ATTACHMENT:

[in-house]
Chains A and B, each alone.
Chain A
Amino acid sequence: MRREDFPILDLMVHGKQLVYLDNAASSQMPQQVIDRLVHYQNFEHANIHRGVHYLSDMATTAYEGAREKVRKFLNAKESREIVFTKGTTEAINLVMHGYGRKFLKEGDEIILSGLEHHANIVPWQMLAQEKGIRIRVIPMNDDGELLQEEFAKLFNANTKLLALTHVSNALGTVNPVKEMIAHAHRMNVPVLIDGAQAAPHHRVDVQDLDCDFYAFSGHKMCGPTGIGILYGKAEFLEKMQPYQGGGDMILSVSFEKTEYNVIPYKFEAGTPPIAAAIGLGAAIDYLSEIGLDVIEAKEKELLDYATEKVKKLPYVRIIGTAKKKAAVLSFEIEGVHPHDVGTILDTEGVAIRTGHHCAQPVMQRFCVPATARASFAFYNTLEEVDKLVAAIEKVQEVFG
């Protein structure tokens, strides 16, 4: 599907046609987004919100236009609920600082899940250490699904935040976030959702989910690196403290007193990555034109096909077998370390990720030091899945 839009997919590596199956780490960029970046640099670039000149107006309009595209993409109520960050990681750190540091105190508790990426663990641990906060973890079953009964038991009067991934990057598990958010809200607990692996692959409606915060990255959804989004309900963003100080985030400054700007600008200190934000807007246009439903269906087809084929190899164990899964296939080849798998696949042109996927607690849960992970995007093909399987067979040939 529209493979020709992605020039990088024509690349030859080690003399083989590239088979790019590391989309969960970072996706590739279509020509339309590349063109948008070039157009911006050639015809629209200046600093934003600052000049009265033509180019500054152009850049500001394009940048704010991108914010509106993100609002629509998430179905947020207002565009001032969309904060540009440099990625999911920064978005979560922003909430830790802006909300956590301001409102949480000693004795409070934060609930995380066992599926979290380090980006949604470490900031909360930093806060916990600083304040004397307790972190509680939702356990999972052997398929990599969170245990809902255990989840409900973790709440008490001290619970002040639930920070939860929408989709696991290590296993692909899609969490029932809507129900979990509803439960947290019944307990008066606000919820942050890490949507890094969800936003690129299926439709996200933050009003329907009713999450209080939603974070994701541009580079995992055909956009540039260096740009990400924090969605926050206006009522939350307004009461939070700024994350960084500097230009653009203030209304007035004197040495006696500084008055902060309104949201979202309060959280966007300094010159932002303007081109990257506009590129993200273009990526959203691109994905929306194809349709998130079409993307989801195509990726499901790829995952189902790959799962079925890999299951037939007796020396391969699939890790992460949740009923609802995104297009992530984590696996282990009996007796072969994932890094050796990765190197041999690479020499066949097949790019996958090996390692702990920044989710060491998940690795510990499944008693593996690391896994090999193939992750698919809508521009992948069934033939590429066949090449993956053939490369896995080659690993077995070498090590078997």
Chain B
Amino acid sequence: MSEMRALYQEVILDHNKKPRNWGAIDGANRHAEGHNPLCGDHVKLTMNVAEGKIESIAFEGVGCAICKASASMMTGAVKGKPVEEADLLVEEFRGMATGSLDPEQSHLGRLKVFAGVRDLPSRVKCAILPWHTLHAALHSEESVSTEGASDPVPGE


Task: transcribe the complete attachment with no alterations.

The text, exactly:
[in-house]
Chains A and B, each alone.
Chain A
Amino acid sequence: MRREDFPILDLMVHGKQLVYLDNAASSQMPQQVIDRLVHYQNFEHANIHRGVHYLSDMATTAYEGAREKVRKFLNAKESREIVFTKGTTEAINLVMHGYGRKFLKEGDEIILSGLEHHANIVPWQMLAQEKGIRIRVIPMNDDGELLQEEFAKLFNANTKLLALTHVSNALGTVNPVKEMIAHAHRMNVPVLIDGAQAAPHHRVDVQDLDCDFYAFSGHKMCGPTGIGILYGKAEFLEKMQPYQGGGDMILSVSFEKTEYNVIPYKFEAGTPPIAAAIGLGAAIDYLSEIGLDVIEAKEKELLDYATEKVKKLPYVRIIGTAKKKAAVLSFEIEGVHPHDVGTILDTEGVAIRTGHHCAQPVMQRFCVPATARASFAFYNTLEEVDKLVAAIEKVQEVFG
């Protein structure tokens, strides 16, 4: 599907046609987004919100236009609920600082899940250490699904935040976030959702989910690196403290007193990555034109096909077998370390990720030091899945 839009997919590596199956780490960029970046640099670039000149107006309009595209993409109520960050990681750190540091105190508790990426663990641990906060973890079953009964038991009067991934990057598990958010809200607990692996692959409606915060990255959804989004309900963003100080985030400054700007600008200190934000807007246009439903269906087809084929190899164990899964296939080849798998696949042109996927607690849960992970995007093909399987067979040939 529209493979020709992605020039990088024509690349030859080690003399083989590239088979790019590391989309969960970072996706590739279509020509339309590349063109948008070039157009911006050639015809629209200046600093934003600052000049009265033509180019500054152009850049500001394009940048704010991108914010509106993100609002629509998430179905947020207002565009001032969309904060540009440099990625999911920064978005979560922003909430830790802006909300956590301001409102949480000693004795409070934060609930995380066992599926979290380090980006949604470490900031909360930093806060916990600083304040004397307790972190509680939702356990999972052997398929990599969170245990809902255990989840409900973790709440008490001290619970002040639930920070939860929408989709696991290590296993692909899609969490029932809507129900979990509803439960947290019944307990008066606000919820942050890490949507890094969800936003690129299926439709996200933050009003329907009713999450209080939603974070994701541009580079995992055909956009540039260096740009990400924090969605926050206006009522939350307004009461939070700024994350960084500097230009653009203030209304007035004197040495006696500084008055902060309104949201979202309060959280966007300094010159932002303007081109990257506009590129993200273009990526959203691109994905929306194809349709998130079409993307989801195509990726499901790829995952189902790959799962079925890999299951037939007796020396391969699939890790992460949740009923609802995104297009992530984590696996282990009996007796072969994932890094050796990765190197041999690479020499066949097949790019996958090996390692702990920044989710060491998940690795510990499944008693593996690391896994090999193939992750698919809508521009992948069934033939590429066949090449993956053939490369896995080659690993077995070498090590078997």
Chain B
Amino acid sequence: MSEMRALYQEVILDHNKKPRNWGAIDGANRHAEGHNPLCGDHVKLTMNVAEGKIESIAFEGVGCAICKASASMMTGAVKGKPVEEADLLVEEFRGMATGSLDPEQSHLGRLKVFAGVRDLPSRVKCAILPWHTLHAALHSEESVSTEGASDPVPGE